During meiosis, chromosomes can be distributed unevenly to the daughter cells--this is nondisjunction. If two sister chromatids stick together instead of separating, one daughter cell with have an extra copy of the chromosome, and the other will be missing a copy. As a result, if an offspring forms from these cells, it will have either three copies of the chromosome or only one. Another possibility is that all of the sister chromatids fail to separate, resulting in a cell with two sets of chromosomes--this is known as polyploidy.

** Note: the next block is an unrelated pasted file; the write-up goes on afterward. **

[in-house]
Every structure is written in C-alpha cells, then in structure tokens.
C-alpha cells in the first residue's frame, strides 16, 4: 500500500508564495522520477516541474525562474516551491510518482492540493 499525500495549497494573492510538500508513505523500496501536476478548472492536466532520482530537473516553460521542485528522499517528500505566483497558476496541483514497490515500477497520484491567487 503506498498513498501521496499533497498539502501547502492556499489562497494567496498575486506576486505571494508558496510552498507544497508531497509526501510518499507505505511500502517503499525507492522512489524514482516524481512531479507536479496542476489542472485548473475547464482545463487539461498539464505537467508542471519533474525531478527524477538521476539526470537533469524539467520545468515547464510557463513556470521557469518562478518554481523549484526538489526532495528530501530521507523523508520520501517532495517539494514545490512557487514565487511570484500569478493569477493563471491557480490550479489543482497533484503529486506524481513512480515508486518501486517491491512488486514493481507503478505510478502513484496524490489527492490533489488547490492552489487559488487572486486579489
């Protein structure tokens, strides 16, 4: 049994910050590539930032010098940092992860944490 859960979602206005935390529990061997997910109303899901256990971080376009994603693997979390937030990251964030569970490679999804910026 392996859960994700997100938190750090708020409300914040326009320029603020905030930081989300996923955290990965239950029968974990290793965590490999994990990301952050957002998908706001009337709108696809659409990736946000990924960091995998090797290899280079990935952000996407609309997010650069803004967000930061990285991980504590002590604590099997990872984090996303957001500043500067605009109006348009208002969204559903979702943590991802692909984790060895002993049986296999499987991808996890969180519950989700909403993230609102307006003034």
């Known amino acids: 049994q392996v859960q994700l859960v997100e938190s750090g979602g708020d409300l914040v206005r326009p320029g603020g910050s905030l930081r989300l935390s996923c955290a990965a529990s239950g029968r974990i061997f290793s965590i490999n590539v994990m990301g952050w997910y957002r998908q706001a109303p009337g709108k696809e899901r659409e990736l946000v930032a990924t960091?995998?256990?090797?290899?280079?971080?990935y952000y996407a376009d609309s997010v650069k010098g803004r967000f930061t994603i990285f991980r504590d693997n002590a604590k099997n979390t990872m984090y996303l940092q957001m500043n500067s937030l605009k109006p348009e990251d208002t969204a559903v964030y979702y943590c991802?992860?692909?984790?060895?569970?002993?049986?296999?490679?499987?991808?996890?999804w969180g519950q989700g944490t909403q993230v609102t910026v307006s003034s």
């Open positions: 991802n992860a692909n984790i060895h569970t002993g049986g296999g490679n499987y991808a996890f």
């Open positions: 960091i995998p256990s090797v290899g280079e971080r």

Many such chromosomal mistakes are so severe that they are incompatible with life--any embryo will be spontaneously aborted long before birth. However, there are some that can be carried to term, such as trisomy of chromosome 21 (have three copies of it)--commonly known as Down syndrome. Other examples include polyploidy of sex chromosomes, resulting in Turner Syndrome (an XO female), Klinefelter's Syndrome (an XXY male), XYY Syndrome, and others. Most of these don't have many noticeable effects, and people with them may live their lives without finding out for a considerable time, although anyone that does certainly will be infertile.